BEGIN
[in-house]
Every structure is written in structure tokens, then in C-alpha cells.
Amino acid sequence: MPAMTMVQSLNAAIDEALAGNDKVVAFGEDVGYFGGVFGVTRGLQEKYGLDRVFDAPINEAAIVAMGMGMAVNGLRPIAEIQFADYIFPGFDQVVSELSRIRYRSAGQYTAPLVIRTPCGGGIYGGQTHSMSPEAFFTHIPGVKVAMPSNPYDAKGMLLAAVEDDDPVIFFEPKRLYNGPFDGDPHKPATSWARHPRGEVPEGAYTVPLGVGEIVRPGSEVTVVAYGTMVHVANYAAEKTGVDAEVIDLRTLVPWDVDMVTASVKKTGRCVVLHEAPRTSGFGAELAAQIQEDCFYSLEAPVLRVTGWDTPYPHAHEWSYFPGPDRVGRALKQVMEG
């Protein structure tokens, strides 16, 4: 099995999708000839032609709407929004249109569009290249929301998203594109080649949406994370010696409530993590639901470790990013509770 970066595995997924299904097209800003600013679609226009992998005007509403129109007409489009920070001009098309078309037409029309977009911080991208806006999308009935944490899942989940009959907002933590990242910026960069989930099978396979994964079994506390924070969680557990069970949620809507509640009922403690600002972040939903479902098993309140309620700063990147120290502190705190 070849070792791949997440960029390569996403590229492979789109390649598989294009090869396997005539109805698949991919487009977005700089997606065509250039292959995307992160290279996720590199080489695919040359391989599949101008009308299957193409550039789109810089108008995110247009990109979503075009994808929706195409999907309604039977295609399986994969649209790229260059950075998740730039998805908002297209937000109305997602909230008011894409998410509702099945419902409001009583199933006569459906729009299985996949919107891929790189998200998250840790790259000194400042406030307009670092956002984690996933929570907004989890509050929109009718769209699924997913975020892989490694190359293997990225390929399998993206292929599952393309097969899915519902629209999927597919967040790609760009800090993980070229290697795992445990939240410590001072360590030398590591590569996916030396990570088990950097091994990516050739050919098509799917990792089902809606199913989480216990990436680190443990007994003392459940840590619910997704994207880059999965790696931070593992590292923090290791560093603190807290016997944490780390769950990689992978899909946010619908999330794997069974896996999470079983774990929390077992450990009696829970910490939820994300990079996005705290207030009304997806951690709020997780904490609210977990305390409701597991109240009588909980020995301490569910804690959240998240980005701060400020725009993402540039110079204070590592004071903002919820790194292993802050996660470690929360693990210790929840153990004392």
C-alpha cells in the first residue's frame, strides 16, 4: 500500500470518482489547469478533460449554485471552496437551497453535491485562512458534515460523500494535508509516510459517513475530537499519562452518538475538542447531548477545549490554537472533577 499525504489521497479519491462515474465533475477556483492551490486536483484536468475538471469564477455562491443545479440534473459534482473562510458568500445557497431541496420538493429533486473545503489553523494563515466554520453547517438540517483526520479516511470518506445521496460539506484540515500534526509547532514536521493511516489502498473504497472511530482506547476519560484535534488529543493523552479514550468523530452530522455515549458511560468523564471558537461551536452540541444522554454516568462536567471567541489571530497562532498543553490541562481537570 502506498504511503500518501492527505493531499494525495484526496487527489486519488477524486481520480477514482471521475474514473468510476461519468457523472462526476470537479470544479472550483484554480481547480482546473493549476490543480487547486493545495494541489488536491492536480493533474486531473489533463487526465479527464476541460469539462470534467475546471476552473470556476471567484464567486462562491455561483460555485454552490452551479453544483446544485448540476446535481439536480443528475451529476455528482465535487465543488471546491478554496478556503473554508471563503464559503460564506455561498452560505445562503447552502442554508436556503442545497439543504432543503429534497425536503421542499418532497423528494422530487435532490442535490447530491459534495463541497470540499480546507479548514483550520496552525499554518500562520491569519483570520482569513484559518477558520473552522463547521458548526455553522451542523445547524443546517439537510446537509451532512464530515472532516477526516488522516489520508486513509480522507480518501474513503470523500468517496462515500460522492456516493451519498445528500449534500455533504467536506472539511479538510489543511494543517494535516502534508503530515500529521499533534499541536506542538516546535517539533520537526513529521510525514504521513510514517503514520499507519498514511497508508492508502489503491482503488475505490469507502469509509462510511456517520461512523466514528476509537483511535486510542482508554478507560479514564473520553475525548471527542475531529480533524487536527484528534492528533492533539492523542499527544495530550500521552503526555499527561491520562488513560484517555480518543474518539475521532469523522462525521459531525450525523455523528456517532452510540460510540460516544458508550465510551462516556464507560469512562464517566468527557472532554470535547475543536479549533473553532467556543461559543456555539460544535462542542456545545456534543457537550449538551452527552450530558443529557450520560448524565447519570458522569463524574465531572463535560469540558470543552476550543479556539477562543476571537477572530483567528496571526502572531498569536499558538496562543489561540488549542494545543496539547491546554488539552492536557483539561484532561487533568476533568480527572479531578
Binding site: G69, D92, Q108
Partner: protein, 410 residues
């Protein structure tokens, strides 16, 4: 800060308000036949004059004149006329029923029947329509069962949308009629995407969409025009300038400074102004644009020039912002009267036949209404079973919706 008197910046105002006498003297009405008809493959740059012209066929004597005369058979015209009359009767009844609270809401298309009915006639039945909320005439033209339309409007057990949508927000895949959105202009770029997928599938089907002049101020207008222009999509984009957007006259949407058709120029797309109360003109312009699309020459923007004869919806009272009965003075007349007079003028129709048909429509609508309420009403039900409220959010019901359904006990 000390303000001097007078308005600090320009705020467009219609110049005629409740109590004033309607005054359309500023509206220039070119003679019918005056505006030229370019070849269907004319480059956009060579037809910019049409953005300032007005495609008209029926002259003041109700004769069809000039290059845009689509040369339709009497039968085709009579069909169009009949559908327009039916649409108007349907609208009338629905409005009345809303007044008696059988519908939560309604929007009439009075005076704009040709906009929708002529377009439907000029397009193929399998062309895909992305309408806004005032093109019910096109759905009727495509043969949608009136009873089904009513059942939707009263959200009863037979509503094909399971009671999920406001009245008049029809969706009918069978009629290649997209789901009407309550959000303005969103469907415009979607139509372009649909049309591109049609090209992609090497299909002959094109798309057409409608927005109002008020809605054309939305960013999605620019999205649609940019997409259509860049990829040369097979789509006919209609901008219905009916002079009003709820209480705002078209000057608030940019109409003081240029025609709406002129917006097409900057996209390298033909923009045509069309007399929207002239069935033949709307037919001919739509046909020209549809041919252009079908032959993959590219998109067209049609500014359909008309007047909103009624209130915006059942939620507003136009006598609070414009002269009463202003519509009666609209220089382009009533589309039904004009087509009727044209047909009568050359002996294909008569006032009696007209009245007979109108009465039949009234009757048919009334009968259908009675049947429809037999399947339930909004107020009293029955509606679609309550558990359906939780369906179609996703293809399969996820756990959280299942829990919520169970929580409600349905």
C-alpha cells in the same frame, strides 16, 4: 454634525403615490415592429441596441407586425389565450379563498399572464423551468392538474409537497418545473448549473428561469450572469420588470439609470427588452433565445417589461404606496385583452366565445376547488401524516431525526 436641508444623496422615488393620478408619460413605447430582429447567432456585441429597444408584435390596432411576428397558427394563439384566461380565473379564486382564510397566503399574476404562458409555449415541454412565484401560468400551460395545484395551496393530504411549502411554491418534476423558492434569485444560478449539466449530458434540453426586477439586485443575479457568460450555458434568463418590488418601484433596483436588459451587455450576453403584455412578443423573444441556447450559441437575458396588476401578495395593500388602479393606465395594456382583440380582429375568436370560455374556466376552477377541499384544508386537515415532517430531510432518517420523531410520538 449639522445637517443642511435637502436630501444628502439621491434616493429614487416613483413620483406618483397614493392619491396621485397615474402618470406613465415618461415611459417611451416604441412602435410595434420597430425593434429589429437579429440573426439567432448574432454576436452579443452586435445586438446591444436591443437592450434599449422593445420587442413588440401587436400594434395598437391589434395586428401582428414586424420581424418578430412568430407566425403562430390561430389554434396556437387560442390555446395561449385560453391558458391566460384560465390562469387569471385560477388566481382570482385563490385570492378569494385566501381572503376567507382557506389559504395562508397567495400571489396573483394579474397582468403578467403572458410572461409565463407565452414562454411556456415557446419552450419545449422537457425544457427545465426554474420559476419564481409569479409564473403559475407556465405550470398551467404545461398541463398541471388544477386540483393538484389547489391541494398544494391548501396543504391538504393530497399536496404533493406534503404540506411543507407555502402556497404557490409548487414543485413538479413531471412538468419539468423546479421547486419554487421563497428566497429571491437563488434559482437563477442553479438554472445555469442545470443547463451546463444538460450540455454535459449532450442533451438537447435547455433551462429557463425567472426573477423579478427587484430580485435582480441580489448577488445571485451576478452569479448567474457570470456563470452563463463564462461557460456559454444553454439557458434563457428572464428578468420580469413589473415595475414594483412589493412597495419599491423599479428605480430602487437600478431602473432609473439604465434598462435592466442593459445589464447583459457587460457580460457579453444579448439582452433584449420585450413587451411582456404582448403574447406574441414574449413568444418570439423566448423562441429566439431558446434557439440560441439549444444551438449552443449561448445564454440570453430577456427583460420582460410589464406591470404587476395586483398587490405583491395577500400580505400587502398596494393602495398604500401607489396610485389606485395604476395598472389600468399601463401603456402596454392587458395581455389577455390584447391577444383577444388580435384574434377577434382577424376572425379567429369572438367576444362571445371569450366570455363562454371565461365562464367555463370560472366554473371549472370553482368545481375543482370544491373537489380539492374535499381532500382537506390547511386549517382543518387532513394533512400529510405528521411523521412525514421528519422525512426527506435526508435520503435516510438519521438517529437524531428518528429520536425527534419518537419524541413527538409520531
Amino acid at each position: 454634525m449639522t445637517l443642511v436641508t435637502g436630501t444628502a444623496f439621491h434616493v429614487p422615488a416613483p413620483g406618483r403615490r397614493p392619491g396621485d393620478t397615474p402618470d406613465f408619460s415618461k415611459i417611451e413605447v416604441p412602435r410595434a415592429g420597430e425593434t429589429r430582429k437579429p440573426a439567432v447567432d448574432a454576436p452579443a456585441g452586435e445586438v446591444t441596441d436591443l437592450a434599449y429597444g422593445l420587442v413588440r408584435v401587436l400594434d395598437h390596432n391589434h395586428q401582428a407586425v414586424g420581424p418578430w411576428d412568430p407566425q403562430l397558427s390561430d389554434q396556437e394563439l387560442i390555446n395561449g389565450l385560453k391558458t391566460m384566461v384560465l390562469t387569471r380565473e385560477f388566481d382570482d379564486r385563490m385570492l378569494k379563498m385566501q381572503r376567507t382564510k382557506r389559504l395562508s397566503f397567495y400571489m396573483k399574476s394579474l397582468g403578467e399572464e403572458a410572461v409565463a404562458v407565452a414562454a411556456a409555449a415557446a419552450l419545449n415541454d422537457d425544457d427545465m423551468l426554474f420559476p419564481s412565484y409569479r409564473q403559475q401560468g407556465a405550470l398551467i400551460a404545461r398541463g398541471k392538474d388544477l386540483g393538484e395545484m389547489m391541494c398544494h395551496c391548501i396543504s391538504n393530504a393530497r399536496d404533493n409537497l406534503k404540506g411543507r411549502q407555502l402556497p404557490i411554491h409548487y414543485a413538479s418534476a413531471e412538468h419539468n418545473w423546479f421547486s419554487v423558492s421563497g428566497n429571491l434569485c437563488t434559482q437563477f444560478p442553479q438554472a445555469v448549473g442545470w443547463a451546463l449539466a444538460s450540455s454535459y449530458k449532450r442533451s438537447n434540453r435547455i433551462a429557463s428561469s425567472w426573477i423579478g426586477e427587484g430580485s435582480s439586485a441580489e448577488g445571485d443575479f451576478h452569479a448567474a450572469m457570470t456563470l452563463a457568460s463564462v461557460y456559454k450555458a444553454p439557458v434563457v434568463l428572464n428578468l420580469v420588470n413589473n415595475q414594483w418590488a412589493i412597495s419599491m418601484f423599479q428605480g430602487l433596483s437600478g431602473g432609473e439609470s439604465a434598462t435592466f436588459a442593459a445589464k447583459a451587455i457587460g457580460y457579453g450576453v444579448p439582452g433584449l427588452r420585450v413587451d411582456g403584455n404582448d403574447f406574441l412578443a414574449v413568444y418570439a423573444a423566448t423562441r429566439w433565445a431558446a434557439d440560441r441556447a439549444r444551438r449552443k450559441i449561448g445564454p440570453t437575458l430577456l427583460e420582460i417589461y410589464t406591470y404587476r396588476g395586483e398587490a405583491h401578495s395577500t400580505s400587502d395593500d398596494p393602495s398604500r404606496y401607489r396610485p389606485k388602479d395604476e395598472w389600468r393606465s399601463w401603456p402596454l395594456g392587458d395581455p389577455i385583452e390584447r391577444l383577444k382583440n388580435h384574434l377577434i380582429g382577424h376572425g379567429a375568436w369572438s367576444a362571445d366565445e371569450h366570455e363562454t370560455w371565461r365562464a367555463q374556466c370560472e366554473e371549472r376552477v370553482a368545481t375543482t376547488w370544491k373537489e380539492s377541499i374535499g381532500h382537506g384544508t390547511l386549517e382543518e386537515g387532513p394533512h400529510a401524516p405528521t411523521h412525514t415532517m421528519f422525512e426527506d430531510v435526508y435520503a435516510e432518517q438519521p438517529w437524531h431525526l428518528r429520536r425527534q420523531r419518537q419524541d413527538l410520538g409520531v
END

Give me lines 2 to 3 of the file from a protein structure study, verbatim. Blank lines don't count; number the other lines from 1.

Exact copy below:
Every structure is written in structure tokens, then in C-alpha cells.
Amino acid sequence: MPAMTMVQSLNAAIDEALAGNDKVVAFGEDVGYFGGVFGVTRGLQEKYGLDRVFDAPINEAAIVAMGMGMAVNGLRPIAEIQFADYIFPGFDQVVSELSRIRYRSAGQYTAPLVIRTPCGGGIYGGQTHSMSPEAFFTHIPGVKVAMPSNPYDAKGMLLAAVEDDDPVIFFEPKRLYNGPFDGDPHKPATSWARHPRGEVPEGAYTVPLGVGEIVRPGSEVTVVAYGTMVHVANYAAEKTGVDAEVIDLRTLVPWDVDMVTASVKKTGRCVVLHEAPRTSGFGAELAAQIQEDCFYSLEAPVLRVTGWDTPYPHAHEWSYFPGPDRVGRALKQVMEG